4. I am invited by a friend to consult with him over his manuscript, which has a section on prewar Nisei. I mention that many Nisei who grew up attending Buddhist churches lacked any special knowledge of or devotion to the faith of their fathers, but maintained their attachment to Buddhism out of ethnic identity. As things Japanese became increasingly stigmatized in Christian America, the attachment of Nisei to Buddhist practice and identity apparently increased. Affirming their religious identity was a way for them to show solidarity with their embattled community.

    I point to the parallel example of second-generation Jewish Americans, many of whom ceased keeping Kosher or even believing in (the Jewish) God, but who continued to attend their local synagogue, or at least to celebrate Passover and Hanukah as family holidays. In the wake both of the Holocaust and of the entry of Jews into mainstream American society, their synagogue attendance actually increased.

    I tell a joke about a Jewish Robinson Crusoe who lives alone on a desert island, where he builds two synagogues: “One is the synagogue I pray in, and the other is the one I wouldn’t set foot in if you paid me!” My friend asks how I have such insight into Jewish life when I never belonged to any temple or religious community. I tell him “From my mishpocheh” (extended family). But that is only partly true, since mine is not a big family, and most of my family members have married non-Jews. In actual fact, my knowledge of Jewish communities comes from reading and speaking to my elders.

After all this, I still am really not sure precisely what being Jewish means to me, still less how it flavors my view of Japanese American history, though I am aware that it must. Ironically, the most direct influence of my ethnic heritage may be in my interest in studying the history of Japanese North Americans and the Catholic Church—precisely because I want to learn how Catholics, themselves a minority in Anglo-Protestant America, related to Asian Americans.

With Matthieu Langlois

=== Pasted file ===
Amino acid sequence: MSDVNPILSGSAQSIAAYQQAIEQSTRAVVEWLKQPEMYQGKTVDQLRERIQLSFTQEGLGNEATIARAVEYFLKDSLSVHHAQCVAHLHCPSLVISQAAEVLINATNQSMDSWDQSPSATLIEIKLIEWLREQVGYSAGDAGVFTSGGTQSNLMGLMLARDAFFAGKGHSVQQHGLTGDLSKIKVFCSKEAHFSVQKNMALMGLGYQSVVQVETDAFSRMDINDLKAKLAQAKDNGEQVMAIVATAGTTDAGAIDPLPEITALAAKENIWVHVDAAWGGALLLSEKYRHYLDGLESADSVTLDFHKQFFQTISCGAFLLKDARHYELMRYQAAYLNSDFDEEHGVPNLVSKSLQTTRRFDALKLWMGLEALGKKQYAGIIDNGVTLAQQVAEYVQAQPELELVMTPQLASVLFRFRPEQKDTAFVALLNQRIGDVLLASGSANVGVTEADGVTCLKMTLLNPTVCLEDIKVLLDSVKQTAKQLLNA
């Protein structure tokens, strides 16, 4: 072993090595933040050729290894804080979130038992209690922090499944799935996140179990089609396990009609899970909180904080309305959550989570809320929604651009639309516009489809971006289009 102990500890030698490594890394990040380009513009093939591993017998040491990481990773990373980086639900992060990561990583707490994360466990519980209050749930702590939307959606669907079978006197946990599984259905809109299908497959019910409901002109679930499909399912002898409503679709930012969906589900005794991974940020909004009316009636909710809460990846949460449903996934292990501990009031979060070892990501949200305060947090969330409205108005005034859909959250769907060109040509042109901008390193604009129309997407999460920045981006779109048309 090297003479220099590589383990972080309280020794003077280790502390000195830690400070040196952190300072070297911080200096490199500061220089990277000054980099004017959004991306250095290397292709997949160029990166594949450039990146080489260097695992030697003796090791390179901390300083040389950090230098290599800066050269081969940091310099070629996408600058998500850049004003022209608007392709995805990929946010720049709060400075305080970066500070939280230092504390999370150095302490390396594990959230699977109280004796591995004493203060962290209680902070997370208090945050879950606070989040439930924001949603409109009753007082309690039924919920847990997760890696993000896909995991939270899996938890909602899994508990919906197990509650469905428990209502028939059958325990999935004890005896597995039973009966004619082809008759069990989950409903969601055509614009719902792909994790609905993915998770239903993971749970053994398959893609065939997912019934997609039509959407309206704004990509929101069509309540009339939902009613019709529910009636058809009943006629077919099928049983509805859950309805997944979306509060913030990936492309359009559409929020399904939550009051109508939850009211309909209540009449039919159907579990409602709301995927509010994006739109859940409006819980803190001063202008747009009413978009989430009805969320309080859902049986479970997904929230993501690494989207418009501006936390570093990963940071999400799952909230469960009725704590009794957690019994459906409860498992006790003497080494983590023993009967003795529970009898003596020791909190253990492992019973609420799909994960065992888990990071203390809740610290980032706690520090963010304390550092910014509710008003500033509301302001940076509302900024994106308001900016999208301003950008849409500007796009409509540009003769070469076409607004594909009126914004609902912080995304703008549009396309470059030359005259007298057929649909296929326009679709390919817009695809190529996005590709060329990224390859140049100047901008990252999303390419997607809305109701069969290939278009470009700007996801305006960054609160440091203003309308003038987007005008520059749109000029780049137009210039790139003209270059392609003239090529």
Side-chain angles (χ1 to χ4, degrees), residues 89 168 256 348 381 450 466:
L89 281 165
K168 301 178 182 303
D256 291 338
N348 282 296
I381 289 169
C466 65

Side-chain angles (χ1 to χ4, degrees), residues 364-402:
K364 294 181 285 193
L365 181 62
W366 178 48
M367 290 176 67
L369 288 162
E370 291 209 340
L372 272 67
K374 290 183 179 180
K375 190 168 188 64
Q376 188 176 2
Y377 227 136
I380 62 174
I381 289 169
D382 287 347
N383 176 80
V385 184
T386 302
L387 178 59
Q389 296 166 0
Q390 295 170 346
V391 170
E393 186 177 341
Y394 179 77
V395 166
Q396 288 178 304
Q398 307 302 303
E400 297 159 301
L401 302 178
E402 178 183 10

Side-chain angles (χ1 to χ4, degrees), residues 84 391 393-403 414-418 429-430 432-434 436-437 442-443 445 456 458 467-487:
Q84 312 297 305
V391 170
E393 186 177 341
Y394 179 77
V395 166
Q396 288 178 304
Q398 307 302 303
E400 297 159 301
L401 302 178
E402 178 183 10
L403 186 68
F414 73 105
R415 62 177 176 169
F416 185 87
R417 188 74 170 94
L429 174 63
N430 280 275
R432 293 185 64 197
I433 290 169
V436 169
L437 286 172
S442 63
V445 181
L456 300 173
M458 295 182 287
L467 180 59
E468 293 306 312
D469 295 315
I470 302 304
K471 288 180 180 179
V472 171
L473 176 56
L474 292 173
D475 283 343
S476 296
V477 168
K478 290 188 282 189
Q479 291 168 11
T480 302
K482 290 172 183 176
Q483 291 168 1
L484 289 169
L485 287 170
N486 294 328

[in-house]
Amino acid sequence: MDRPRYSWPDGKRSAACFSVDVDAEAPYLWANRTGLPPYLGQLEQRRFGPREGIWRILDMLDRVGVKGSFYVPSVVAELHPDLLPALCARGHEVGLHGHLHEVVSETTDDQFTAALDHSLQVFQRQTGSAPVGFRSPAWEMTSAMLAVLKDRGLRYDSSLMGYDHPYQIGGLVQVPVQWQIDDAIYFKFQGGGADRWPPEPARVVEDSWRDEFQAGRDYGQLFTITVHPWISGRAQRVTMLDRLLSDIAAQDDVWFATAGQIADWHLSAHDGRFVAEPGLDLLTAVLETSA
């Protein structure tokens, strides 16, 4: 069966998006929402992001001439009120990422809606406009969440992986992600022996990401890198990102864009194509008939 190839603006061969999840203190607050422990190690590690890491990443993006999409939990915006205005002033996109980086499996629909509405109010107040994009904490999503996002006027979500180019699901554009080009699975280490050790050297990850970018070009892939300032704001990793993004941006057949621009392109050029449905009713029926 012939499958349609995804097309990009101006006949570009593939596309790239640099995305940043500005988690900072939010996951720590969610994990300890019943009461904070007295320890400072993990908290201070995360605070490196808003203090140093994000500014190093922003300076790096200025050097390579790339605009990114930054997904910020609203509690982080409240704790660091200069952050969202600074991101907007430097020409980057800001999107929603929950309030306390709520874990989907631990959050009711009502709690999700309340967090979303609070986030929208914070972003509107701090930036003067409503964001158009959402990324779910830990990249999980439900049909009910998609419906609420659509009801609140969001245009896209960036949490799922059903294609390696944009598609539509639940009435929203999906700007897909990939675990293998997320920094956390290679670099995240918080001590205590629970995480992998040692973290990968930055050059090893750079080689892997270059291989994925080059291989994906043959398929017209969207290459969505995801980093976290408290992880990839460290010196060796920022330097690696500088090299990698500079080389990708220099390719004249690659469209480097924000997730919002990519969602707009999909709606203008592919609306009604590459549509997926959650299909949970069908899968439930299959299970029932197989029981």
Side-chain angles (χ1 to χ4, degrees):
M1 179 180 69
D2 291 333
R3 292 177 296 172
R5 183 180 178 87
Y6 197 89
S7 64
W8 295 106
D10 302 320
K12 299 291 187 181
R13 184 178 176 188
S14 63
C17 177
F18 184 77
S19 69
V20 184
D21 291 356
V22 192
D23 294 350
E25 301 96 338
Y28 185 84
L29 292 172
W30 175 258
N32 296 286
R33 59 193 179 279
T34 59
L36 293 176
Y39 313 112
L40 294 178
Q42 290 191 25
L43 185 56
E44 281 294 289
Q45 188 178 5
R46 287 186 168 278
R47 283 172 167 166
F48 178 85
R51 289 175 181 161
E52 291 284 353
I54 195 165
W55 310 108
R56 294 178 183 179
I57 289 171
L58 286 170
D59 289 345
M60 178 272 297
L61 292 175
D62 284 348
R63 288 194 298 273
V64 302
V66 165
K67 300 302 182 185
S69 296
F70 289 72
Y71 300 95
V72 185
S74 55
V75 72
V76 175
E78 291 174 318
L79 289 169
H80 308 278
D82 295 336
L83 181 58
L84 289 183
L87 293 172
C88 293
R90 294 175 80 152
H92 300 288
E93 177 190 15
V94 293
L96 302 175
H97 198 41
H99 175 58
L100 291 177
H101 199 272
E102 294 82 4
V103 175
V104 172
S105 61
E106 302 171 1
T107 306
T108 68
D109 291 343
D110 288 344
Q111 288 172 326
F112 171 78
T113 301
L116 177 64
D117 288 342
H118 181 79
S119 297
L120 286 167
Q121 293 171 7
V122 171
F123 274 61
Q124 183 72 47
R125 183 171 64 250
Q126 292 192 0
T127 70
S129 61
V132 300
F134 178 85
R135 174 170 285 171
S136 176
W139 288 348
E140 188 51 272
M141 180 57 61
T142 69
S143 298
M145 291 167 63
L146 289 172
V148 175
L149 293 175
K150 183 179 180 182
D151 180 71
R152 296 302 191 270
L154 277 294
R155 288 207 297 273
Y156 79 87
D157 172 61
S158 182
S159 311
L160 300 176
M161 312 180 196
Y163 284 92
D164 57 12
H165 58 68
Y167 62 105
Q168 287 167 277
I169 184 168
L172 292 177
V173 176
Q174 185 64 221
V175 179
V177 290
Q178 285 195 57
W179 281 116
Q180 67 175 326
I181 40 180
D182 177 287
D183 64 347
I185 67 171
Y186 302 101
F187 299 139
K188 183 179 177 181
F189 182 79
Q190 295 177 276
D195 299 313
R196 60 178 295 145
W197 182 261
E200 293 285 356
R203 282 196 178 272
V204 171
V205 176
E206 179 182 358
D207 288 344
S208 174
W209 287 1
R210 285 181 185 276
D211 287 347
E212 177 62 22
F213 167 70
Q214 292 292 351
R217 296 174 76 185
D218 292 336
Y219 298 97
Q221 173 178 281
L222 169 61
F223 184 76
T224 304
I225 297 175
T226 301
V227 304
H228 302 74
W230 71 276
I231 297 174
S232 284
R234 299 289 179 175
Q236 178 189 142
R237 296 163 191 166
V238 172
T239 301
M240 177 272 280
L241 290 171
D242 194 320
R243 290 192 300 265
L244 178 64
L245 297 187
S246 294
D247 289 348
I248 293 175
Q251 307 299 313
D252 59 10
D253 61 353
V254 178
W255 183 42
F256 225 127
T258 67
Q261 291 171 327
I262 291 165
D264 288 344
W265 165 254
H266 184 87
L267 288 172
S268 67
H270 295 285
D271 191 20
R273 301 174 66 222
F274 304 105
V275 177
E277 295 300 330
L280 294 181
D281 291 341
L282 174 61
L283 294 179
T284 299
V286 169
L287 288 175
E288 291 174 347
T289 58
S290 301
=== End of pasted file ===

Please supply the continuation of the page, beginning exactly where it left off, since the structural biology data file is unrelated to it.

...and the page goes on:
When I first come to my friends, the historians Matthieu Langlois and Jonathan van Harmelen, to propose that we all write a book together on the subject, Matthieu assumes (incorrectly) that Jonathan, because of his Dutch name, is from a Protestant family. I tease Matthieu, “You just wanted to start our project with the line, ‘A Jew, a Catholic, and a Protestant walk into a book together!’”

Perhaps working on the Catholic project may ultimately help me better understand how Jewish I am, and also how I am Jewish.

With Jonathan van Harmelen


© 2024 Greg Robinson

Greg Robinson identity intergroup relations Japanese Americans Jews psychology social interaction
About the Author

Greg Robinson, a native New Yorker, is Professor of History at l'Université du Québec À Montréal, a French-language institution in Montreal, Canada. He is the author of the books By Order of the President: FDR and the Internment of Japanese Americans (Harvard University Press, 2001), A Tragedy of Democracy; Japanese Confinement in North America (Columbia University Press, 2009), After Camp: Portraits in Postwar Japanese Life and Politics (University of California Press, 2012), Pacific Citizens: Larry and Guyo Tajiri and Japanese American Journalism in the World War II Era (University of Illinois Press, 2012), and The Great Unknown: Japanese American Sketches (University Press of Colorado, 2016), as well as coeditor of the anthology Miné Okubo: Following Her Own Road (University of Washington Press, 2008). Robinson is also coeditor of the volume John Okada - The Life & Rediscovered Work of the Author of No-No Boy (University of Washington Press, 2018).

His historical column “The Great Unknown and the Unknown Great,” is a well-known feature of the Nichi Bei Weekly newspaper. Robinson’s latest book is an anthology of his Nichi Bei columns and stories published on Discover Nikkei, The Unsung Great: Portraits of Extraordinary Japanese Americans (University of Washington Press, 2020). It was recognized with an Association for Asian American Studies Book Award for Outstanding Achievement in History Honorable Mention in 2022. He can be reached at

Updated March 2022